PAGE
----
From my perspective, Lock City did a lot of the little things right. They make their own dough every day, and shred mozzarella from blocks as needed instead of using dust-laden pre-shredded cheese.
A mountain goes onto each stretched-out pie, over the generous puddle of smooth sauce, then a dusting of garlic, oregano, and grated parmesan and romano. The pepperoni isn’t the currently celebrated cup-and-char, but it is applied by the fistful. Its generously layered pepperoni is a rebuke to many of the Buffalo Pizza Review entries, with eerily neat pepperoni patterns, spaced out for maximum distance, a throwback to the stinginess of school cafeteria pizza.
Baked on a layer of cornmeal, right out of the oven the Lock City crust has an audible crunch, like a fresh baguette. It’s all the flavor of a crusty loaf, chewy and sturdy. It has to be, to hold that bounce-house mattress of mozzarella without drooping. This was a burly, feed-the-masses pie in the classic Buffalo style.
“This is the way it’s always been,” Sexy Slices said. In a world where some pizzerias are run by teenagers who would rather be looking at their phones, Lock City delivers another crucial ingredient: consistency.
Later, owner Carol Riddle mentioned the chief Lock City pizzaiolas have been honing their craft for 20 years. They have their pizza game so dialed-in that they will take orders for half-baked, three-quarter baked and one-and-a-half baked pizzas, allowing regulars an exquisite amount of control.
At $19.95, tax included, for a large cheese and pepperoni, it’s also competitively priced. Which explains why there was always a customer waiting, and the phone rang heedlessly.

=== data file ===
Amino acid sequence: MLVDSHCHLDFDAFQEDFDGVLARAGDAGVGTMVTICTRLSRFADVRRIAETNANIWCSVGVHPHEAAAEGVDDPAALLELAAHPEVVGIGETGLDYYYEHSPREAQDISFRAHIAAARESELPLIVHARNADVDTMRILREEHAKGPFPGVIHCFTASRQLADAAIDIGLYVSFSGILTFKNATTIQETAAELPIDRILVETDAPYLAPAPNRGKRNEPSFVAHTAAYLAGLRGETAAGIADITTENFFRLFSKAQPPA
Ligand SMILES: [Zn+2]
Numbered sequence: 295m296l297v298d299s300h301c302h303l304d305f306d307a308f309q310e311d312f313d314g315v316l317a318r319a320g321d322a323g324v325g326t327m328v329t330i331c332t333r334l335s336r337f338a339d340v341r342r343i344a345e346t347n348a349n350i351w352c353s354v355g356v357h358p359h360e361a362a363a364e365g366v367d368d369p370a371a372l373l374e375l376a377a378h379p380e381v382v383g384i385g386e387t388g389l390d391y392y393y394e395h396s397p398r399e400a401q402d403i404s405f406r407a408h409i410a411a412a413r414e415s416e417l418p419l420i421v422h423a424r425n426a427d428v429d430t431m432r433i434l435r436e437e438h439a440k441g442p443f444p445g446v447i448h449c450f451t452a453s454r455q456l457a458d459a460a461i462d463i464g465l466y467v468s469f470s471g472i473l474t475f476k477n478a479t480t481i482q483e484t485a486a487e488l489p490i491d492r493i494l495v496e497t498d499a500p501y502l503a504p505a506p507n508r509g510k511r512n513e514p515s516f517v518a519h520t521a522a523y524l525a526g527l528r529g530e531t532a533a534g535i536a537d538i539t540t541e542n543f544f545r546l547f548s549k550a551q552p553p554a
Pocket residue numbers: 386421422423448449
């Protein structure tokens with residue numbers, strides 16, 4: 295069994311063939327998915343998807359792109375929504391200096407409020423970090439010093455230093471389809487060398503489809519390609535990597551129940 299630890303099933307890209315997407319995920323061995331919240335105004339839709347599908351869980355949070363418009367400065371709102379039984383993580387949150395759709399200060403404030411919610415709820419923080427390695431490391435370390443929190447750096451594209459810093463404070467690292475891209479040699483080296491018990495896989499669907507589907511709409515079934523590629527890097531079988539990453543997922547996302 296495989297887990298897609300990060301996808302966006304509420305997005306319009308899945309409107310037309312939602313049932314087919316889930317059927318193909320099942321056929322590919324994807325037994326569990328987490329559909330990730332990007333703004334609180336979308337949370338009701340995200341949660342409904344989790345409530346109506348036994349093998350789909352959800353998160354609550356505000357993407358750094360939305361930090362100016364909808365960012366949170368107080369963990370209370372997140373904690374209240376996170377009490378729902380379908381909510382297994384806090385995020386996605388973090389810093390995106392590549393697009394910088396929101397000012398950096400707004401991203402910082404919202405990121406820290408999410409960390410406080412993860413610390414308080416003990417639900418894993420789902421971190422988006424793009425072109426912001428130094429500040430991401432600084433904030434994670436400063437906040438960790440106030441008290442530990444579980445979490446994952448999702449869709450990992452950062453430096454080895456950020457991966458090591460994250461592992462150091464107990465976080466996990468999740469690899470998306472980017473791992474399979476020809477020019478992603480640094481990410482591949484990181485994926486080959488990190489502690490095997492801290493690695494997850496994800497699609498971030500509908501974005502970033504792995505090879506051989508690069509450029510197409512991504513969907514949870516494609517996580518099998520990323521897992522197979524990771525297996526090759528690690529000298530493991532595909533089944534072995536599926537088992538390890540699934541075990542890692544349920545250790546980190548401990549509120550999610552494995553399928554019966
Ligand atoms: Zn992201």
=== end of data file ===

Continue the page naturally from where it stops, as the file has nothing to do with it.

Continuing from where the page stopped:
“I found their full bake the best, but some people don’t like it so tough and crispy,” he said. “After having all the pizza I’ve had in Western New York, there are only a few that break form, and offer something distinctive that truly stands out,” he said. “This one breaks form.”
Despite all the miles he’s put on his car, and the lame pies he’s endured, “I haven’t really started,” he mused. “There is no official number, but there are an estimated 600 pizzerias in Buffalo, so when I hit 100, I’ve only gotten to one in every six. Which I’m happy with, but it still leaves a lot on the table.”
How much pizza is enough? He allows that he’s considering taking another break after passing 100, to recharge, and get his hunger back. “I’d definitely say by the end of this tour, I’ve visited all the must-hits I’ve heard about from people. I don’t think there are any big ones left on the table.”
That said, some of his most remarkable discoveries have come from places with a single nominator, he noted. So you never know. It's part of what keeps him going. At the end, he said, “I’m sure someone will tell me I screwed up.”
At this point, he’s heard many criticisms of his criticisms. He listens, but he can’t change his tastes, and he’s not going to apologize for that.
One change he’s considered is giving the dough score more weight in the overall grade, since it’s the foundation of the entire enterprise. But then how would he rework years of grades?
“I’m almost 100 pies in at this point,” he said. “It’s too late to tweak the system.”